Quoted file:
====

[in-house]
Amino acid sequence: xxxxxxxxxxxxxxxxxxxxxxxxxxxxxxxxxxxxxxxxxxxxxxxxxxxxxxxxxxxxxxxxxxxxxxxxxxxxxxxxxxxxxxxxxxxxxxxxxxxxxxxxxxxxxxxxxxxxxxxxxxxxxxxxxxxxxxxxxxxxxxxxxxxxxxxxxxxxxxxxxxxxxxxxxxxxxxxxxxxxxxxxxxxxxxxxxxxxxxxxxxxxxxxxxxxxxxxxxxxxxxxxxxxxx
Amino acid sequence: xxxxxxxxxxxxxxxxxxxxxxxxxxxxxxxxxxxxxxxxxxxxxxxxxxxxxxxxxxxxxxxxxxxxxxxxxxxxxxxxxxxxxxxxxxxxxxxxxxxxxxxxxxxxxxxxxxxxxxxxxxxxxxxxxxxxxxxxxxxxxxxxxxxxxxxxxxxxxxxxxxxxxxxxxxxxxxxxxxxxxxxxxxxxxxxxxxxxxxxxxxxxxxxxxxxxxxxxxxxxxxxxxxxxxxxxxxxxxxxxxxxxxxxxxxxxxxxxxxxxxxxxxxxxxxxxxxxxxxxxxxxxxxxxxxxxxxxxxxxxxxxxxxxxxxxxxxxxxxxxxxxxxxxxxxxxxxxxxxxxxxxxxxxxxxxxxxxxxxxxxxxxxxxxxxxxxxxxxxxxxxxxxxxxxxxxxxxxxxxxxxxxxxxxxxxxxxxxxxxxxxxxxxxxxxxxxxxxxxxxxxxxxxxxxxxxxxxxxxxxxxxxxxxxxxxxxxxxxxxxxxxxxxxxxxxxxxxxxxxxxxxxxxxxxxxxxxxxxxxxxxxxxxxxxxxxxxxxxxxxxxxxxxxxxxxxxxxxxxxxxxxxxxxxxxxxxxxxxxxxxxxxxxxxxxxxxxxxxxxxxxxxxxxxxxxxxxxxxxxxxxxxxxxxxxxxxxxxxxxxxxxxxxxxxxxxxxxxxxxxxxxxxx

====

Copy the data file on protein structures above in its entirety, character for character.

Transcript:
[in-house]
Amino acid sequence: xxxxxxxxxxxxxxxxxxxxxxxxxxxxxxxxxxxxxxxxxxxxxxxxxxxxxxxxxxxxxxxxxxxxxxxxxxxxxxxxxxxxxxxxxxxxxxxxxxxxxxxxxxxxxxxxxxxxxxxxxxxxxxxxxxxxxxxxxxxxxxxxxxxxxxxxxxxxxxxxxxxxxxxxxxxxxxxxxxxxxxxxxxxxxxxxxxxxxxxxxxxxxxxxxxxxxxxxxxxxxxxxxxxxx
Amino acid sequence: xxxxxxxxxxxxxxxxxxxxxxxxxxxxxxxxxxxxxxxxxxxxxxxxxxxxxxxxxxxxxxxxxxxxxxxxxxxxxxxxxxxxxxxxxxxxxxxxxxxxxxxxxxxxxxxxxxxxxxxxxxxxxxxxxxxxxxxxxxxxxxxxxxxxxxxxxxxxxxxxxxxxxxxxxxxxxxxxxxxxxxxxxxxxxxxxxxxxxxxxxxxxxxxxxxxxxxxxxxxxxxxxxxxxxxxxxxxxxxxxxxxxxxxxxxxxxxxxxxxxxxxxxxxxxxxxxxxxxxxxxxxxxxxxxxxxxxxxxxxxxxxxxxxxxxxxxxxxxxxxxxxxxxxxxxxxxxxxxxxxxxxxxxxxxxxxxxxxxxxxxxxxxxxxxxxxxxxxxxxxxxxxxxxxxxxxxxxxxxxxxxxxxxxxxxxxxxxxxxxxxxxxxxxxxxxxxxxxxxxxxxxxxxxxxxxxxxxxxxxxxxxxxxxxxxxxxxxxxxxxxxxxxxxxxxxxxxxxxxxxxxxxxxxxxxxxxxxxxxxxxxxxxxxxxxxxxxxxxxxxxxxxxxxxxxxxxxxxxxxxxxxxxxxxxxxxxxxxxxxxxxxxxxxxxxxxxxxxxxxxxxxxxxxxxxxxxxxxxxxxxxxxxxxxxxxxxxxxxxxxxxxxxxxxxxxxxxxxxxxxxxxxxx